beauty

Close-ups on the industry’s fresh faces, bold iconoclasts and distinguished créateurs

Latest In beauty

June 3, 2014

Beyond the Skin

Jonas Åkerlund Takes Model Shaun Ross on a Hyperkinetic Trip Through LA in the Final #DefineBeauty Film

“Hollywood is so good at only seeing what’s on the outside, and using that first impression instead of going deeper,” says Jonas Åkerlund of the location of the final film in the #DefineBeauty series, in which he follows American model and actor Shaun Ross around the back streets and freeways of Los Angeles. “I think Shaun has spent all his life with those reactions. Look again and you see that this guy is really beautiful.” The Swedish filmmaker is known for music videos that span over 25 years—from Madonna to Beyonce, Iggy Pop to U2—and feature films including the darkly comic 2002 release, Spun. His gothic style is apparent in today’s portrait of the famed albino model, who recently starred in Lana Del Rey’s 30 minute film, Tropico. “When Shaun showed up on Hollywood Boulevard, Darth Vader and Mickey Mouse were affronted,” the filmmaker says of filming Ross, who was styled by his wife B. Åkerlund. “Like, ‘What the fuck is this guy doing here?’” Elements of Beyond the Skin were shot by Ross himself with a camera provided by the director, whose cat was given a supporting role. “She’s also albino so I thought they might have a connection,” says Åkerlund. “They actually did. She wouldn't stop sitting on his head.”

Look one: Top & skirt by Yuima Nakazato.
Look two: Head piece by Maiko Takeda, cape & pants by Yuima Nakazato, shoes by Nereku.
Look three: Leather jacket by Bohemian Society, metal mesh top & bracelets by Michael Schmidt Studios, boots by Gasoline Glamour.
Look four: Jacket by, Hyein Seo, top & shorts by Yuima Nakazato, shoes by Nereku.

(Read More)

SUBSCRIBE TO beauty
ON NOWNESS

MORE TO LOVE IN beauty

Refresh

Spotlight

Bob Recine: Alchemy of Beauty

The Celebrated Hairstylist Reflects on the Aspirations Guiding His Artistry

Visionary hairstylist and artist Bob Recine sits down with filmmaker Alison Chernick in his New York studio to reflect on his friendship with Andy Warhol, the eternal quest for beauty, and collaborating with Lady Gaga on a room made entirely out of hair for one of Barneys window displays last Christmas. Growing up as part of New York’s rebellious 1970s punk scene, Recine took an early interest in urban art and music, building a vast portfolio and playing in multiple bands before translating his creative pursuits into hairdressing. Known today for his exquisite styling and sculptural coiffures, Recine has made bold statements on runways and in campaigns for the likes of Chloé, Kenzo and Jil Sander. “He is on a quest to find that transient moment of beauty,” says Chernick, likening Recine to the groundbreaking El Bulli chef Ferran Adrià. “His work transforms the medium from which it was born.” From Annie Leibovitz and Mario Testino to Irving Penn and Helmut Newton, Recine has collaborated with every major photographer, and his 'dos have graced covers of most leading fashion publications, including Wi-DVHarper’s Bazaar, and every global edition of Vogue. This month, the highlights of the industry legend’s lengthy career in hairstyling, art and sculpture—including a human figure made from 60lbs of hairpins—are gathered in Freedman/Damiani's new book, Bob Recine: Alchemy of Beauty.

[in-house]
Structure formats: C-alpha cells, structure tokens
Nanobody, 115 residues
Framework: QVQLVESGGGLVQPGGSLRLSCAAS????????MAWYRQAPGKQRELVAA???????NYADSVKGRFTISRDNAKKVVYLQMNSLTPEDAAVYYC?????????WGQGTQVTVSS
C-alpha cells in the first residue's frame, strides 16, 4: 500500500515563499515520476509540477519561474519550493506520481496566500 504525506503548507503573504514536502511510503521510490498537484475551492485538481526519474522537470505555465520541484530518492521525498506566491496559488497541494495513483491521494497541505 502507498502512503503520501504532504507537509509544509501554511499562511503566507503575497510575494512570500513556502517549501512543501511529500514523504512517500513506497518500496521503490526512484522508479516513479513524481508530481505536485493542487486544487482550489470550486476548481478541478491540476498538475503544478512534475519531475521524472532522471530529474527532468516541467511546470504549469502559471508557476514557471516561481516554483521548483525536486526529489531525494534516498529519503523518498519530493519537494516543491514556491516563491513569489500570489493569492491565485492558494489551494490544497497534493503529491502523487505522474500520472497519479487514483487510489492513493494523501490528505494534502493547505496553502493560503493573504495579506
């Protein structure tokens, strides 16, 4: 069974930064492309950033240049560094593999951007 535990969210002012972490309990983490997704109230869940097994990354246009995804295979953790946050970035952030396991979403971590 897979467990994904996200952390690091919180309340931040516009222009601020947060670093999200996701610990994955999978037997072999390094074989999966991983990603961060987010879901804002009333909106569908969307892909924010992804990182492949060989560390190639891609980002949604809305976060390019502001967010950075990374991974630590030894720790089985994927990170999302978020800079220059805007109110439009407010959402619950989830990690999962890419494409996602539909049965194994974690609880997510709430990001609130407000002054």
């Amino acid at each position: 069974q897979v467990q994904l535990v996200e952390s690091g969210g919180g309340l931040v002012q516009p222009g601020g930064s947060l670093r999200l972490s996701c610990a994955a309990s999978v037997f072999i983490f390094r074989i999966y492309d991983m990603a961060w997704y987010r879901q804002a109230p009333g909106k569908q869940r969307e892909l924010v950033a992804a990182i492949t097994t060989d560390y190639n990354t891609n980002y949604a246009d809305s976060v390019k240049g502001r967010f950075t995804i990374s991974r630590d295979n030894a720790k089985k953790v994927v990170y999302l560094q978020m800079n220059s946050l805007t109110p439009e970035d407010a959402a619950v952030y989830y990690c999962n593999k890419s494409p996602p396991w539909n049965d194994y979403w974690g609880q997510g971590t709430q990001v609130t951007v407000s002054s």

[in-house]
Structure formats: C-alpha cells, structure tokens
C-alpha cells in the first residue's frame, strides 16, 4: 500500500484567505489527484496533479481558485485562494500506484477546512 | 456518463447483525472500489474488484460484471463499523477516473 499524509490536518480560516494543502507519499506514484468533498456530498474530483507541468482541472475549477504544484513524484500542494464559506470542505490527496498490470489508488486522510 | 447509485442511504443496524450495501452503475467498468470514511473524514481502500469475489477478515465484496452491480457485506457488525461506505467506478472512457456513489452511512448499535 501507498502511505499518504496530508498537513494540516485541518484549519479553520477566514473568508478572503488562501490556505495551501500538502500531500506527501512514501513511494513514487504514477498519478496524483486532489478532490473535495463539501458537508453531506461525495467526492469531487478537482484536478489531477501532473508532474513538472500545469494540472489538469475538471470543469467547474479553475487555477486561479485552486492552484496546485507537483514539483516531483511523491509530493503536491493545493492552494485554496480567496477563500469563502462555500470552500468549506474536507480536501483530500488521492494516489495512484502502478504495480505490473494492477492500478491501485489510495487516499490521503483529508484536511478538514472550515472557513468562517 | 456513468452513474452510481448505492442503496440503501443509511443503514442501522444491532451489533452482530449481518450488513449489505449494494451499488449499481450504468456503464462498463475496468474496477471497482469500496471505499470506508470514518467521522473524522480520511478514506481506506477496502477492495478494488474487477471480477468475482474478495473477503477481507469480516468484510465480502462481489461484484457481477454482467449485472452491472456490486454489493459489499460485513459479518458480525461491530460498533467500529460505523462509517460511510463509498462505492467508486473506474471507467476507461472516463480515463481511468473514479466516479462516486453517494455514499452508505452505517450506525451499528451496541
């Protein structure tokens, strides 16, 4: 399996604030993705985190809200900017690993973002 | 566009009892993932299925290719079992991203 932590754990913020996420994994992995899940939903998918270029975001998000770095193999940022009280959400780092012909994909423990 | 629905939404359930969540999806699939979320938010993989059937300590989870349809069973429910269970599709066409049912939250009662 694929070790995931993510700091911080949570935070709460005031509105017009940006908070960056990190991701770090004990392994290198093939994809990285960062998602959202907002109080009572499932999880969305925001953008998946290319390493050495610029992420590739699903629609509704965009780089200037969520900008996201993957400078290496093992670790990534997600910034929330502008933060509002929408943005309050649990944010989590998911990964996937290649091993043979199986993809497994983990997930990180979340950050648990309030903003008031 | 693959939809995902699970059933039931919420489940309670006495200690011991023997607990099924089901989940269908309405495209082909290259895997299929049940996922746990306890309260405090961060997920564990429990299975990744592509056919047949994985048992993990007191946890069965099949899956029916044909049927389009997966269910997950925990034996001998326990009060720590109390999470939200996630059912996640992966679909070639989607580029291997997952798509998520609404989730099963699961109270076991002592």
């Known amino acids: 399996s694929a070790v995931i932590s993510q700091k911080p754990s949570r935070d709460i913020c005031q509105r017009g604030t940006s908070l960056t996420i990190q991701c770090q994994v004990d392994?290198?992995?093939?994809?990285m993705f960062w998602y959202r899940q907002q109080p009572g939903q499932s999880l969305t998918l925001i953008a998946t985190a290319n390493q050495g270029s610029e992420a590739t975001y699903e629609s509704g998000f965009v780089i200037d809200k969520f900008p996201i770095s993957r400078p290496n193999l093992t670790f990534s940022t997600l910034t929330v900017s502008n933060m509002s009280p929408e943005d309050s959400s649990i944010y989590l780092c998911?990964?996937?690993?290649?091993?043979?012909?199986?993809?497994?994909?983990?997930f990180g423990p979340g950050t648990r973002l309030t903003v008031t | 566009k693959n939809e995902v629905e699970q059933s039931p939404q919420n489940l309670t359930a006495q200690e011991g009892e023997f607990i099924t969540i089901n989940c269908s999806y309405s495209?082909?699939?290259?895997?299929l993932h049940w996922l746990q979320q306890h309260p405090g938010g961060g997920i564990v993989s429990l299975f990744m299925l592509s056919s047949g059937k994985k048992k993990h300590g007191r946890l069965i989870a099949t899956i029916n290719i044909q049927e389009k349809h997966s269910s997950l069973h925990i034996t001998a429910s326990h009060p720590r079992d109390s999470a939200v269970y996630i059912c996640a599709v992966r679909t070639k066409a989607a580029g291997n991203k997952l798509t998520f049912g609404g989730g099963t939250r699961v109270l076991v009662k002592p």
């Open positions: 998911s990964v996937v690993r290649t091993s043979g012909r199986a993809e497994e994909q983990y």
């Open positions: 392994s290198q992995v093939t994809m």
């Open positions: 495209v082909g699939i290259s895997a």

(Read More)

Spotlight

Ryan McGinley: Entrance Romance

Carolyn Murphy Lights Up the Photographer's Daringly Spiritual New Film

“I knew it was going to be wild when I signed on,” says Carolyn Murphy, who stars in Ryan McGinley’s exclusive short film Entrance Romance (it felt like a kiss). “Next thing I know, my manager is telling me that they're going to break glass on my head and my leading man's a dog. I'm like, 'That's it?' I was so sure I'd have to take my clothes off,” she says, laughing. Shot with a Phantom camera (capable of capturing video at over 1000 frames per second), Entrance Romance sees the all-American beauty (since 2002 the face of Estée Lauder) cheerfully turning a can of WD-40 into a flame thrower, passionately kissing a dog and smiling serenely as a bowl of goldfish smashes over her head. Murphy notes: "We did the fishbowl scene in just one take. As soon as it cracked against my head, everyone dove down and scrambled to pick up the goldfish. None were hurt in the making of this film!" The film's collision of innocence and thrill should be familiar to fans of the photographer's previous work—carefree, hazy shots of teenagers jumping off cliffs, skinny dipping or cavorting in remote locations (earlier this year, McGinley debuted a film for Pringle of Scotland featuring Tilda Swinton in a forest and caves)—but here the action is exquisitely drawn out, with the camera registering the most minute changes in Murphy's expression. Despite the relentless focus, her face remains unflinchingly calm, emphasized by beachy makeup, luminous golden lighting, and a meditative, chant-led soundtrack, all of which provide an intriguing contrast to the film’s explosions of glass shards. “We thought about going with a really rough punk rock look,” makeup artist James Kaliardos says. “But Ryan loved the idea of showing this iconic, fresh-faced California girl in an entirely new context, so I did fresh, 70s “no-makeup” makeup. We wanted her to look happy and in control, but still vulnerable.” So she does—and her bliss is infectious. 


(Read More)

Previously In beauty

View Full beauty Archive

LOAD MORE
请扫描二维码,关注NOWNESS官方微信!
WeChat

或直接添加NOWNESS官方微信账号:
NOWNESS_OFFICIAL

3777